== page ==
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The problem(s) with Clarence Thomas’ response to ethics scandal

The good news is, Supreme Court Justice Clarence Thomas responded to his latest ethics scandal. The bad news is, his response was badly flawed.


Supreme Court Justice Clarence Thomas’ latest ethics controversy is relatively straightforward. A stunning ProPublica report found that the far-right jurist has spent the last couple of decades accepting gifts and luxury trips from a Republican megadonor, which Thomas failed to disclose.

This has led to a series of concerns about whether the conservative crossed legal lines, and several congressional Democrats have broached the subject of possible impeachment.

My general expectation was that Thomas would ignore the controversy — an approach he’s taken before — confident in the assumption that he’s accountable to no one. Fortunately, my expectation was mistaken, and the associate justice issued a written response earlier today. It read in its entirety:

“Harlan and Kathy Crow are among our dearest friends, and we have been friends for over twenty-five years. As friends do, we have joined them on a number of family trips during the more than quarter century we have known them. Early in my tenure at the Court, I sought guidance from my colleagues and others in the judiciary, and was advised that this sort of personal hospitality from close personal friends, who did not have business before the Court, was not reportable. I have endeavored to follow that counsel throughout my tenure, and have always sought to comply with the disclosure guidelines. These guidelines are now being changed, as the committee of the Judicial Conference responsible for financial disclosure for the entire federal judiciary just this past month announced new guidance. And, it is, of course, my intent to follow this guidance in the future.”

While I’m glad Thomas acknowledged the controversy and took a step toward explaining himself, there are a few flaws in his statement.

1. Thomas and his wife have apparently been friends with the Republican megadonor and his wife “for 25 years.” That’s nice, but Thomas joined the Supreme Court in 1991, which was 32 years ago. In other words, he’d already been a sitting justice for several years when he started palling around with Crow, who has reportedly “spent millions on ideological efforts to shape the law and the judiciary.”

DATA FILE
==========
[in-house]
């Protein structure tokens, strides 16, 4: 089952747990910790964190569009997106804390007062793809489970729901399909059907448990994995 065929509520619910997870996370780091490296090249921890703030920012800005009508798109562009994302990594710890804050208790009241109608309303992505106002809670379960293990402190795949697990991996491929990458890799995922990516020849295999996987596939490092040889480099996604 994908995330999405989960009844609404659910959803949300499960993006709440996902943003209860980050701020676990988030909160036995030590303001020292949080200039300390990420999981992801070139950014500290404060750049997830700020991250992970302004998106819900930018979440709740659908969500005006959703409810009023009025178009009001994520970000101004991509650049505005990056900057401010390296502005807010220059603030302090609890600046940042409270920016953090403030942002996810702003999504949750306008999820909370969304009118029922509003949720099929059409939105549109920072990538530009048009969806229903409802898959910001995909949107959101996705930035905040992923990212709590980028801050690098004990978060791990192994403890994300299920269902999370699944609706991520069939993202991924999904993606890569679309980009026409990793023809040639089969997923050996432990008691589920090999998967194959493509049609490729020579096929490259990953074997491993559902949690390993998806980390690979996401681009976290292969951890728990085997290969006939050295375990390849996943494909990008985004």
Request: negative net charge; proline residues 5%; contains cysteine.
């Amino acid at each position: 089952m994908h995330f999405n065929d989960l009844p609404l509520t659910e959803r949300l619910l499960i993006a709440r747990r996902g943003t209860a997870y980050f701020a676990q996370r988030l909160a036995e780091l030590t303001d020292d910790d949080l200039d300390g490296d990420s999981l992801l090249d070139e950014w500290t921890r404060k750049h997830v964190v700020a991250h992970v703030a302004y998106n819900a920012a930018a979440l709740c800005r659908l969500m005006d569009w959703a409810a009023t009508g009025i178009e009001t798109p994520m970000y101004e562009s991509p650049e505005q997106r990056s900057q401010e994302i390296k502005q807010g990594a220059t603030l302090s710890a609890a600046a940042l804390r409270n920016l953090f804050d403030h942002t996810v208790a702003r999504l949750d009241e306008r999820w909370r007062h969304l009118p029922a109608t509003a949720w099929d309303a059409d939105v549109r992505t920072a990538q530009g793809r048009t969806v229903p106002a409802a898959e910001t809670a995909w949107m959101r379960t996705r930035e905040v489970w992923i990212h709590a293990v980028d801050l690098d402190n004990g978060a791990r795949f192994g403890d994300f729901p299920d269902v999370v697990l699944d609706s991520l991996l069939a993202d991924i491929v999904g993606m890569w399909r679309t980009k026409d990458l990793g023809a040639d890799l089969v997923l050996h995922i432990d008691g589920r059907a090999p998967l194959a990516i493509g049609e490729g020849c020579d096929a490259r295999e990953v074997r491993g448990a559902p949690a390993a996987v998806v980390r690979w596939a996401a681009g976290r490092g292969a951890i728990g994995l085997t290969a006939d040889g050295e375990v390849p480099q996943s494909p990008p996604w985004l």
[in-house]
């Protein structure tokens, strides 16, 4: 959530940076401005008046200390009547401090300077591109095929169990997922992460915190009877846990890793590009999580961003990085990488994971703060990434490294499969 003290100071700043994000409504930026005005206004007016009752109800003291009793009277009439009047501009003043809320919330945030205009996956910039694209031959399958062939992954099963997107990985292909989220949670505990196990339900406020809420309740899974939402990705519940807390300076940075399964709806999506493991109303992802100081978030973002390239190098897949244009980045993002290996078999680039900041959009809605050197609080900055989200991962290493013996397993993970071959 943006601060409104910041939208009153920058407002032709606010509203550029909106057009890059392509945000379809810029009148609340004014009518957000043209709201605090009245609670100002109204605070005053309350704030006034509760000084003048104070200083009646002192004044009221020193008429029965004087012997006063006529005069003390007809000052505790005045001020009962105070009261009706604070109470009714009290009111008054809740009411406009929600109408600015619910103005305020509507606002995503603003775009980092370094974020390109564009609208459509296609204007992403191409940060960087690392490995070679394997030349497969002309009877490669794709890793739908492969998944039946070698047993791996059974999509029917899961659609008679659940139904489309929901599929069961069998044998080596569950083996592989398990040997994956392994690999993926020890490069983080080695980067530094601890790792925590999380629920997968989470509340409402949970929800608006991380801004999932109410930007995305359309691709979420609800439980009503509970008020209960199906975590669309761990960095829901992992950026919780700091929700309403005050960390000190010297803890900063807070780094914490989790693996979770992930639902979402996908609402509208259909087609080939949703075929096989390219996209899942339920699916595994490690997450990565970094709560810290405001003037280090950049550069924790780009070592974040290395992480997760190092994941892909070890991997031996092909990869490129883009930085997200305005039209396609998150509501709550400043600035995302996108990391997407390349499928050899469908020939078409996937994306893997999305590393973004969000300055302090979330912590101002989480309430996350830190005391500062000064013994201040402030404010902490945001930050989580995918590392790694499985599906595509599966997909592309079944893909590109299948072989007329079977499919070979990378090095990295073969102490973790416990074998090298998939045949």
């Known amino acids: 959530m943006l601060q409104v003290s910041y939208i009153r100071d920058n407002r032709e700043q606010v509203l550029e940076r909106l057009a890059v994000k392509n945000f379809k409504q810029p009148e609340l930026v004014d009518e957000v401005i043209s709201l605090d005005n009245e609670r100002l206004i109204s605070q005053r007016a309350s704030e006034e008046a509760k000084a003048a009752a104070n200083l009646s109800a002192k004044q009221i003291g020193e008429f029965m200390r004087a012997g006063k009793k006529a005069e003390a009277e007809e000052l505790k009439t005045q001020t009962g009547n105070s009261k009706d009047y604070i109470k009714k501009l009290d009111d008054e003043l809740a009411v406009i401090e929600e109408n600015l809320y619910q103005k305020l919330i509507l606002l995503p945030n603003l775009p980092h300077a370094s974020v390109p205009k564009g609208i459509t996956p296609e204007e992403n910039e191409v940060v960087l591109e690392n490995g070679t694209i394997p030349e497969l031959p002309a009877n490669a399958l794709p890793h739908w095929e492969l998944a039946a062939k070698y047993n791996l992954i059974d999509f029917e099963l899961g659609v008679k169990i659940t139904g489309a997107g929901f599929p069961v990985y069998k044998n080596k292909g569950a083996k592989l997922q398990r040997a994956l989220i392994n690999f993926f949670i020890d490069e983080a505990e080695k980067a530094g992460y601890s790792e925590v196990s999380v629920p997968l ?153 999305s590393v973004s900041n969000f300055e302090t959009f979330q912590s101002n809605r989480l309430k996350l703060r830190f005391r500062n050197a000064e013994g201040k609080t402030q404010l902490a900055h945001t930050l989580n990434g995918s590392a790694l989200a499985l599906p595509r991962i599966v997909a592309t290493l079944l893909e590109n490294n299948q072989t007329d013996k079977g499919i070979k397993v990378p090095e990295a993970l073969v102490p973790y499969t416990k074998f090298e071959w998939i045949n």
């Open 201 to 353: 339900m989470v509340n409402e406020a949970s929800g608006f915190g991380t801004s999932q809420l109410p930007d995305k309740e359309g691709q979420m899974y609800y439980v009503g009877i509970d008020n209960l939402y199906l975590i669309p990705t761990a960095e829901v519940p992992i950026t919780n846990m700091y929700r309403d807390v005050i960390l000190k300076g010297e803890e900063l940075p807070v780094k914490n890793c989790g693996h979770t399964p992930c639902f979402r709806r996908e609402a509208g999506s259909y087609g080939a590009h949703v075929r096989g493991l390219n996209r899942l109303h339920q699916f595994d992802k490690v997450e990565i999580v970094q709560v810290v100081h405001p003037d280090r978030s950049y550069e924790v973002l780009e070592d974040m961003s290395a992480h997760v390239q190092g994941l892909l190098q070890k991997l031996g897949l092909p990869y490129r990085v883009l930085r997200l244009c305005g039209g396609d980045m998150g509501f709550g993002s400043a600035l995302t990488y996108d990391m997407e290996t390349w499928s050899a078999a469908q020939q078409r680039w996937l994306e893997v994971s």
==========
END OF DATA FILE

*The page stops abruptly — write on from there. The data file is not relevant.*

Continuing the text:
2. The Thomases and the Crows have been on “a number of family trips.” That’s nice, too, but it’s irrelevant to the subject at hand.

3. Thomas was advised that “personal hospitality from close personal friends” didn’t need to be reported. Perhaps not. But I’m curious how many people would reasonably consider luxury trips worth hundreds of thousands of dollars to be “personal hospitality.” If Crow had Thomas over to his place for breakfast, that would be “personal hospitality.” What ProPublica described is a qualitatively different kind of generosity.

What’s more, Thomas has repeatedly over the course of several years faced public criticisms about the gifts he’s received but failed to disclose. It’s a little late for the justice to suggest he didn’t realize there might be a problem with his private conduct.

4. Thomas noted, almost in passing, that Crow “did not have business before the Court.” The truth is more nuanced: As a 2011 report from The New York Times noted, “Mr. Crow has not personally been a party to Supreme Court litigation, but his companies have been involved in federal court cases, including four that went to the appellate level. And he has served on the boards of two conservative organizations involved in filing supporting briefs in cases before the Supreme Court.”

What’s more, when Thomas and Crow took trips, they were sometimes joined by other powerful conservatives with their own judicial interests.

5. Thomas went on to claim that he’s “endeavored to follow” the advice he received throughout his tenure, adding that he’s “always sought to comply with the disclosure guidelines.” Given the recent reporting that the justice altered his disclosure practices in the wake of scrutiny, there’s at least some evidence to the contrary.

6. Thomas concluded that disclosure guidelines “are now being changed,” which is true. It doesn’t explain his apparent disregard for his obligations for many years.

To be sure, it’s notable that the justice took the step of issuing a statement at all. Perhaps he thought it was the right thing to do given the circumstances; perhaps he was encouraged to defend himself from one or more of his colleagues.

Either way, if Thomas expects this mess to go away, he’ll have to do better than today’s explanation.